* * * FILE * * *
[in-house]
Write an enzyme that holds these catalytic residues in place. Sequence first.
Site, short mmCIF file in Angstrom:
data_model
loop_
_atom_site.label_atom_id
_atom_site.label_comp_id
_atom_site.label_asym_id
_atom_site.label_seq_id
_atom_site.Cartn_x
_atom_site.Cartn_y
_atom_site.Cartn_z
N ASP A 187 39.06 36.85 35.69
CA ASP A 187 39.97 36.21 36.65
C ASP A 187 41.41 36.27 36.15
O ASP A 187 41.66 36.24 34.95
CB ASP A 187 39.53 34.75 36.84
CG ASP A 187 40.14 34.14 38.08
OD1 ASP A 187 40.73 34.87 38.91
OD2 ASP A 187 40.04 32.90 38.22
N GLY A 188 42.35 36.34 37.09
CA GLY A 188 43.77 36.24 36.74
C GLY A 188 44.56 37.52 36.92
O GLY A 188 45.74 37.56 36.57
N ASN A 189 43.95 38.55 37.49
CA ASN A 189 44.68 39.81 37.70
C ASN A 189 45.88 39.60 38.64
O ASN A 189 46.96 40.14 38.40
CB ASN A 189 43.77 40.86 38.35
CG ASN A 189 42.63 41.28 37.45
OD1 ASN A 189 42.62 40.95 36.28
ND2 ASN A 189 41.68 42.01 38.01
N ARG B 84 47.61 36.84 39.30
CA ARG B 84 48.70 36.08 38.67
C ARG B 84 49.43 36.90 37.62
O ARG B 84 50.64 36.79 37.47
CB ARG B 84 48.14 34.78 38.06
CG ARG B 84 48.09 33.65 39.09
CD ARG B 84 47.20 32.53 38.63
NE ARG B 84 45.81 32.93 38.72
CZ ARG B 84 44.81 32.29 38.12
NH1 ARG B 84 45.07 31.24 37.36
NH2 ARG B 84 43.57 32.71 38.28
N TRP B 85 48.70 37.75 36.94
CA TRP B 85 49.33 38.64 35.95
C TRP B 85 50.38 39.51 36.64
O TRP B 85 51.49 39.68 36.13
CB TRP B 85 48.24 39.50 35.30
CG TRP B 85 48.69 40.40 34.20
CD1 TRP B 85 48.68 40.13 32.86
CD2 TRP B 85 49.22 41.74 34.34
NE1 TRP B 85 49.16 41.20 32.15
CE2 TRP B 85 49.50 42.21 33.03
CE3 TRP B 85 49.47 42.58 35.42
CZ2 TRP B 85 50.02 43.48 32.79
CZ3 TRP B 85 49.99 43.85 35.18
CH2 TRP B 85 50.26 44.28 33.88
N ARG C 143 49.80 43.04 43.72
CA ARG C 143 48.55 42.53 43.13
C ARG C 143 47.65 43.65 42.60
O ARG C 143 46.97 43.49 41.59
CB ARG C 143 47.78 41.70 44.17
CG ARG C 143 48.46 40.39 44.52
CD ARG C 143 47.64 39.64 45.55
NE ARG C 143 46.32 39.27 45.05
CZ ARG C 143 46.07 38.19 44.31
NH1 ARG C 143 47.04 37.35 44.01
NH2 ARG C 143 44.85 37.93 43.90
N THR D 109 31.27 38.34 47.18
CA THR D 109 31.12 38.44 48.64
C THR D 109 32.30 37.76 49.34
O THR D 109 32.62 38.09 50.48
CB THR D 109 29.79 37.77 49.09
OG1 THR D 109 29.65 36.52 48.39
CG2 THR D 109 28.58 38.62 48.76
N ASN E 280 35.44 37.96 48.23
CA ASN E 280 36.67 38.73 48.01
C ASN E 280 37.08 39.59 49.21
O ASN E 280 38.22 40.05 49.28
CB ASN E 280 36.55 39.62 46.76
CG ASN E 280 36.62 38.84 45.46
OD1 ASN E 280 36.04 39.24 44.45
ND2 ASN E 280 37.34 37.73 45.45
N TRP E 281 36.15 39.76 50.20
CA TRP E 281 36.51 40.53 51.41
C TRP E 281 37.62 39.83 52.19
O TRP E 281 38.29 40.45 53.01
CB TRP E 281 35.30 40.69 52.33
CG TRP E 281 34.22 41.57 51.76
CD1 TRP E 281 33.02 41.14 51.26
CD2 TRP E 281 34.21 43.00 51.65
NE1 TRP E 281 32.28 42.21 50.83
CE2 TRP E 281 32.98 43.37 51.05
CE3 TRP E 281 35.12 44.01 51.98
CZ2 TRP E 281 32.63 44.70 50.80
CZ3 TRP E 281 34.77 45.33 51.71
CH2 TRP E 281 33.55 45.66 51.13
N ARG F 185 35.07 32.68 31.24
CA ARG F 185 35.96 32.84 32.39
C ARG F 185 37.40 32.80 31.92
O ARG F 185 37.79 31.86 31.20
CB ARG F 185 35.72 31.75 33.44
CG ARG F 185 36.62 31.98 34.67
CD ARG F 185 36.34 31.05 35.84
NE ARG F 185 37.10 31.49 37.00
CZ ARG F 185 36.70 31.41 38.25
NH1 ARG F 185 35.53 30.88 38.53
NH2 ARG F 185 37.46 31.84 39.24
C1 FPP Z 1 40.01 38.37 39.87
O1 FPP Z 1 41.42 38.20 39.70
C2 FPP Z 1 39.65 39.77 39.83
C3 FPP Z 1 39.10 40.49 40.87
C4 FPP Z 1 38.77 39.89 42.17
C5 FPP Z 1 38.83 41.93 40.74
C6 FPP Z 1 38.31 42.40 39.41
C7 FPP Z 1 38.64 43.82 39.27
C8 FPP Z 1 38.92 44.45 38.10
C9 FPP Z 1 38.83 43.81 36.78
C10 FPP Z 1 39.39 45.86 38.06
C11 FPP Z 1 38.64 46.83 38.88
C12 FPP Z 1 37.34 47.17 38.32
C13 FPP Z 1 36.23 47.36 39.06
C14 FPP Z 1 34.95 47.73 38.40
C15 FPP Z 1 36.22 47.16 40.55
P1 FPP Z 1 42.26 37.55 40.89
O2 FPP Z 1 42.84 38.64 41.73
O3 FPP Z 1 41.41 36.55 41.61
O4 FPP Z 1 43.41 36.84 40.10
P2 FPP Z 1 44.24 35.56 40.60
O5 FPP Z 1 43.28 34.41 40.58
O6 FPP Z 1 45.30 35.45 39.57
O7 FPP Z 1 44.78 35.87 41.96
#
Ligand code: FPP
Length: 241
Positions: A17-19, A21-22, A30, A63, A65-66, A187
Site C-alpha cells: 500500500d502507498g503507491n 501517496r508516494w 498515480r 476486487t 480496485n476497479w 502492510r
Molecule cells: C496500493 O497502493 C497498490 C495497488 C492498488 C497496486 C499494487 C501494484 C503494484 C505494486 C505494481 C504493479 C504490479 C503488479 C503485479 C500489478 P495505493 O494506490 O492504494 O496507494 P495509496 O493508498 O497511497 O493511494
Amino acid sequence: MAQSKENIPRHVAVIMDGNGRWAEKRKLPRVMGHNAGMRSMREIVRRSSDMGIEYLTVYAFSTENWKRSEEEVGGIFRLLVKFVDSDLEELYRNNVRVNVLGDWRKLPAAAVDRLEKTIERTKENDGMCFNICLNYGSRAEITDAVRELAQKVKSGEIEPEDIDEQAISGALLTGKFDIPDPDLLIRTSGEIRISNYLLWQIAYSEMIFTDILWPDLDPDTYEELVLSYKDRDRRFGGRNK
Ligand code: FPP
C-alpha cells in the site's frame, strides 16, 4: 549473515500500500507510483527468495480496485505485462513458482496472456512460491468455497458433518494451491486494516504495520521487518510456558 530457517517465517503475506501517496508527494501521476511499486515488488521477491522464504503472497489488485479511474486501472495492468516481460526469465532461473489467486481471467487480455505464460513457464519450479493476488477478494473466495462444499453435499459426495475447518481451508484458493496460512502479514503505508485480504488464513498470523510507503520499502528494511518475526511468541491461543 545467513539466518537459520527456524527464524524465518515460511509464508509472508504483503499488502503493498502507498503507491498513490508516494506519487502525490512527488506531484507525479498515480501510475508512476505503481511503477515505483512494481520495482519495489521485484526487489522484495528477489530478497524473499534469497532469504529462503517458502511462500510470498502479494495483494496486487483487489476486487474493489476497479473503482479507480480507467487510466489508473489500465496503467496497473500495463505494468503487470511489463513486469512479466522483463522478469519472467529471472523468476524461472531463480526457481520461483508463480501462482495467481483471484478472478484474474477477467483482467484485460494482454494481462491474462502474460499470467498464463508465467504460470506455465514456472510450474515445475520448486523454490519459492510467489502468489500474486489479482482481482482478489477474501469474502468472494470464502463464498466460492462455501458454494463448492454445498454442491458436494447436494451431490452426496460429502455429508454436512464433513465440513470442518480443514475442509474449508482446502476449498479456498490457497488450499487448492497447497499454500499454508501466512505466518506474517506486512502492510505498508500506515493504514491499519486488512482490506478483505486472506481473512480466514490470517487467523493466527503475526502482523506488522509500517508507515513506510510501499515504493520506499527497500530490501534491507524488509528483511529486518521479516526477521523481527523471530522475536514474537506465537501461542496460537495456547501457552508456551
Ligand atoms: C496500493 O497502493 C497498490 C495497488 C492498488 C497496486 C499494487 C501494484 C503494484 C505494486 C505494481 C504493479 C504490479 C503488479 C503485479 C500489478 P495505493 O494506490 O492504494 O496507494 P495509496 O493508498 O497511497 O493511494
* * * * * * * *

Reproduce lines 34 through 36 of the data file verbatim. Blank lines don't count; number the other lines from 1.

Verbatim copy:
CA ARG B 84 48.70 36.08 38.67
C ARG B 84 49.43 36.90 37.62
O ARG B 84 50.64 36.79 37.47